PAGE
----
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Review by Jenni Balow
The comedy One Man,Two Guvnors, notably with James Corden who very successfully earned a meal ticket around the world as its hungry star – was inspired by this play, A Servant to Two Masters..
This production, directed by Michael Philips, who founded the London and Essex based Global Theatre Company, returns to the18th century script, written by the Italian Carlo Goldoni, updated 20 years ago by Lee Hall.
And the cast may be classically costumed with Venetian elegance by Chrissy Fryers, but the Corden influence is right there for its own pirouetting star Dave Perry, who explodes onto the stage and rolls and cartwheels and generally bounds around, while stuffing everything but a pasty into his hungry mouth.
The actor, who appeared in Downton Abbey, looks and sounds like a young Tommy Steele, a crafty cockney Jack-the-Lad servant, who acts like a Jack-in-a-Box as he dashes around, trying to serve his two masters, devour a spotted dick and seduce a ‘West Country’ maid (Johanna Grace) at the same time.
With that kind of ebullience, and skill in remembering to open and kick shut imaginary doors, as he attempts to serve up two feasts to the two masters, simultaneously, he takes an enthusiastic cast with him, all of them intent on setting an equally high bar with their own characterisations.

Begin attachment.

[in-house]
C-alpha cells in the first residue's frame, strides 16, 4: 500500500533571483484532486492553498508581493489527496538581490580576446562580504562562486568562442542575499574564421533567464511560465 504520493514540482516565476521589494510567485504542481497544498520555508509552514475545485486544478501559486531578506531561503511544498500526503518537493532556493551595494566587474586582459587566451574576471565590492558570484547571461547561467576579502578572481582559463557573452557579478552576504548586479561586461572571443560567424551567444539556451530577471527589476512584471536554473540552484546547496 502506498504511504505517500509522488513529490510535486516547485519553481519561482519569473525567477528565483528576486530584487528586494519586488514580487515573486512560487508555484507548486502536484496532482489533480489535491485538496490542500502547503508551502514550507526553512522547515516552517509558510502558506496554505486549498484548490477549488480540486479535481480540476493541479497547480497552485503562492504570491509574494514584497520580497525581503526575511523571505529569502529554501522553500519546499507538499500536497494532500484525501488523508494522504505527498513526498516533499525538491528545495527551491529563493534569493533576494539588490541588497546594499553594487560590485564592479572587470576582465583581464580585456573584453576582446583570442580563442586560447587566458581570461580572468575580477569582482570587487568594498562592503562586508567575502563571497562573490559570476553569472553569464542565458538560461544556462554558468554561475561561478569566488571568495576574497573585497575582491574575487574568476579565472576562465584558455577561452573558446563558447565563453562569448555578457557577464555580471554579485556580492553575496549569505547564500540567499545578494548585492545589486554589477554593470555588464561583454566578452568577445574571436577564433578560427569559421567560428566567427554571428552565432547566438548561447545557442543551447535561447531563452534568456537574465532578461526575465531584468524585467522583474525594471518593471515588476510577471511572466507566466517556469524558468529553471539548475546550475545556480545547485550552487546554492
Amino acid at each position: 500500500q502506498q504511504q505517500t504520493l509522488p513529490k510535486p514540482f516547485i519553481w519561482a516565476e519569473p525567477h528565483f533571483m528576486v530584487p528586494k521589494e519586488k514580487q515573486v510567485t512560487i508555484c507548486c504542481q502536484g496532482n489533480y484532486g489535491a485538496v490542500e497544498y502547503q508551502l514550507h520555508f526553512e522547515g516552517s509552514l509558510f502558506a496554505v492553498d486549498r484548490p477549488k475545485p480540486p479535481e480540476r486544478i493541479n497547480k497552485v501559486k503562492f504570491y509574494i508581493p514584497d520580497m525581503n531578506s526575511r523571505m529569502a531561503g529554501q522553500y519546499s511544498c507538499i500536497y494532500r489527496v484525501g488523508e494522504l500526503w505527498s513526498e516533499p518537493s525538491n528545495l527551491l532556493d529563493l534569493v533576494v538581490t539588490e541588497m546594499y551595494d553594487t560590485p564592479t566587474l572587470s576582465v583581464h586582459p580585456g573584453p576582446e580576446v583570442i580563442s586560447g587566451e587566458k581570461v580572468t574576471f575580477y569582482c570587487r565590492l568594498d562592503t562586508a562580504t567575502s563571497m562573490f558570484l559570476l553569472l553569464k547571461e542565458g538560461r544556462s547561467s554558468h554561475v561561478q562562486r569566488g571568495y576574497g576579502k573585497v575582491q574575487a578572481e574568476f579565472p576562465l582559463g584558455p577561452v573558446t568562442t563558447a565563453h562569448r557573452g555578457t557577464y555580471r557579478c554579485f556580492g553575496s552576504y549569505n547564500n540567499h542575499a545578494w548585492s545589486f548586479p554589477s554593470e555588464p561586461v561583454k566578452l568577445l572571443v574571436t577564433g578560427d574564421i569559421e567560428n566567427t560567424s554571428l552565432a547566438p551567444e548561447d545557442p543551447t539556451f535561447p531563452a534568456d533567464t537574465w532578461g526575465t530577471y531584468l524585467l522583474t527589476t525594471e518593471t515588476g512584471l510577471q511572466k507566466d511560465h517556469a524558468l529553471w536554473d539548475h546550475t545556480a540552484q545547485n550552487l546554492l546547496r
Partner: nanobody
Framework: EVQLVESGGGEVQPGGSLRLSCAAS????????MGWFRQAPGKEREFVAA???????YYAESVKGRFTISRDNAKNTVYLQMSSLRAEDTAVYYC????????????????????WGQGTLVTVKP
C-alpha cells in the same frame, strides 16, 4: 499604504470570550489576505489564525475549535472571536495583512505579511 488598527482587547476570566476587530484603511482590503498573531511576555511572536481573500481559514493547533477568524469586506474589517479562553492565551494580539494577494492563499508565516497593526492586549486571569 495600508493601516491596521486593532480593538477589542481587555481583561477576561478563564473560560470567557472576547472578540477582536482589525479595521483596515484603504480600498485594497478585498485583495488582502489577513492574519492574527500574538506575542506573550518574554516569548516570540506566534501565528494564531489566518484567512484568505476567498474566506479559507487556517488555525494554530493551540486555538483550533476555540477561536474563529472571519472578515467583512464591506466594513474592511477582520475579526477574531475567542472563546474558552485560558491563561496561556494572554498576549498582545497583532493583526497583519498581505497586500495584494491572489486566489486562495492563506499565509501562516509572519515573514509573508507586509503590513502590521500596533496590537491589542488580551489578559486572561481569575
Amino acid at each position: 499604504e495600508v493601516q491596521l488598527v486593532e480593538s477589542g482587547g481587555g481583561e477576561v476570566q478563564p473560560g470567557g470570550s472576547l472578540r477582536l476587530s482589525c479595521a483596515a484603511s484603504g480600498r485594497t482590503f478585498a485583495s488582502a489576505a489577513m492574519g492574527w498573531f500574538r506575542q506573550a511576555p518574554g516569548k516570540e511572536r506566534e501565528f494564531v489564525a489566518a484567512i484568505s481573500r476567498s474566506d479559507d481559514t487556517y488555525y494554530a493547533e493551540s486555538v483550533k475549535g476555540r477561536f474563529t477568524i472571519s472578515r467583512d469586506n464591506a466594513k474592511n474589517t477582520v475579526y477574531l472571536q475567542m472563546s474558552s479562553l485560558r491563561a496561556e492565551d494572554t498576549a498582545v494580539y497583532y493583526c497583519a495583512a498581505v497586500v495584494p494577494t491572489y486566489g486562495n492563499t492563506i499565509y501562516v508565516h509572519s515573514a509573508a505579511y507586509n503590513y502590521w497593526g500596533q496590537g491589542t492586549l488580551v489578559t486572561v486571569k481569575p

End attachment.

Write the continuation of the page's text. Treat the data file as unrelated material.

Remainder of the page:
We have a latter day Frankie Howerd type in David Millard, the Brummie of Brighella, Simon Billig, the crosspatch Jennifer Dorian, who can throw a spectacular tantrum, Lucy Ashton, disguised as a man, who relishes a dazzling swordfight, and gives such a sound beating, she had the first-night audience gasping, plus Lee Ocsko, Chris Millington, David Reed, Terry Perkins and Elaine Elliott.
Full marks to Dominic Kinnaird, who also plays a camp waiter, for choreographing such convincing fight scenes, and to John Candor who plays perky period Italian music on his clarinetto.
The style of humour may be pretty basic, but the full-on cast makes a real meal of it.